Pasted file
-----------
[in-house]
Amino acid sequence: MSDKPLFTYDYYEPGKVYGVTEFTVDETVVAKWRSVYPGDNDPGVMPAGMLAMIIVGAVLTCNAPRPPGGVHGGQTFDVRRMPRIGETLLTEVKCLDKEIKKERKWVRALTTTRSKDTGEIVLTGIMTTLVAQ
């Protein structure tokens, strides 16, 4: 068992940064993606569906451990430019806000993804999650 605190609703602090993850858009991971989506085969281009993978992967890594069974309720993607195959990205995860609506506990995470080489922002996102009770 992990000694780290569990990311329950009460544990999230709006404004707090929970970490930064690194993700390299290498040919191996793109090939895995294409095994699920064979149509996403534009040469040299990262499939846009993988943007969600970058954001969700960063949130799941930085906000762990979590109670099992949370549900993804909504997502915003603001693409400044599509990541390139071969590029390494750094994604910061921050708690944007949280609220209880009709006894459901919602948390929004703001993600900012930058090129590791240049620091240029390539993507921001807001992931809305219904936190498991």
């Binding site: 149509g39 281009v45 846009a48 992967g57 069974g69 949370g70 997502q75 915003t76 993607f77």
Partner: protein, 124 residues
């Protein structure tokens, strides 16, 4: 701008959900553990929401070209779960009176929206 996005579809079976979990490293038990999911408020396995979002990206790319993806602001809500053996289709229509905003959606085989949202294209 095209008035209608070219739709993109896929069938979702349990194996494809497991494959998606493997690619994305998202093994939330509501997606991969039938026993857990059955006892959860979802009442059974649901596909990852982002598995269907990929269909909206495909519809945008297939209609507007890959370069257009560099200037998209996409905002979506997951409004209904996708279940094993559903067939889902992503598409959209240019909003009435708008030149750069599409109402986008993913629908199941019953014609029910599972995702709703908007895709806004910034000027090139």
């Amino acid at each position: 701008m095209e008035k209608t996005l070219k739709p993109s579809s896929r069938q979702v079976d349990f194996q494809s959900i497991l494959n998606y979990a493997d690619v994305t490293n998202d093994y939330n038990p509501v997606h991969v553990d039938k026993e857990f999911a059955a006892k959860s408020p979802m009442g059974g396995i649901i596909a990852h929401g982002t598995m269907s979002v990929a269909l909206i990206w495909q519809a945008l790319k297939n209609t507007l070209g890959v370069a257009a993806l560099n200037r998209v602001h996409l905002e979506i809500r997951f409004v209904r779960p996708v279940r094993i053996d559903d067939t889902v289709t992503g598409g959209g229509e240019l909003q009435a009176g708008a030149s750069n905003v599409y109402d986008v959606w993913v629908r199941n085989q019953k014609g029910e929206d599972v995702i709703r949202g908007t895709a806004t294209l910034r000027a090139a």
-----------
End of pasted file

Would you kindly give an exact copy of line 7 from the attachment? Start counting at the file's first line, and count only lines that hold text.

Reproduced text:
């Amino acid at each position: 701008m095209e008035k209608t996005l070219k739709p993109s579809s896929r069938q979702v079976d349990f194996q494809s959900i497991l494959n998606y979990a493997d690619v994305t490293n998202d093994y939330n038990p509501v997606h991969v553990d039938k026993e857990f999911a059955a006892k959860s408020p979802m009442g059974g396995i649901i596909a990852h929401g982002t598995m269907s979002v990929a269909l909206i990206w495909q519809a945008l790319k297939n209609t507007l070209g890959v370069a257009a993806l560099n200037r998209v602001h996409l905002e979506i809500r997951f409004v209904r779960p996708v279940r094993i053996d559903d067939t889902v289709t992503g598409g959209g229509e240019l909003q009435a009176g708008a030149s750069n905003v599409y109402d986008v959606w993913v629908r199941n085989q019953k014609g029910e929206d599972v995702i709703r949202g908007t895709a806004t294209l910034r000027a090139a």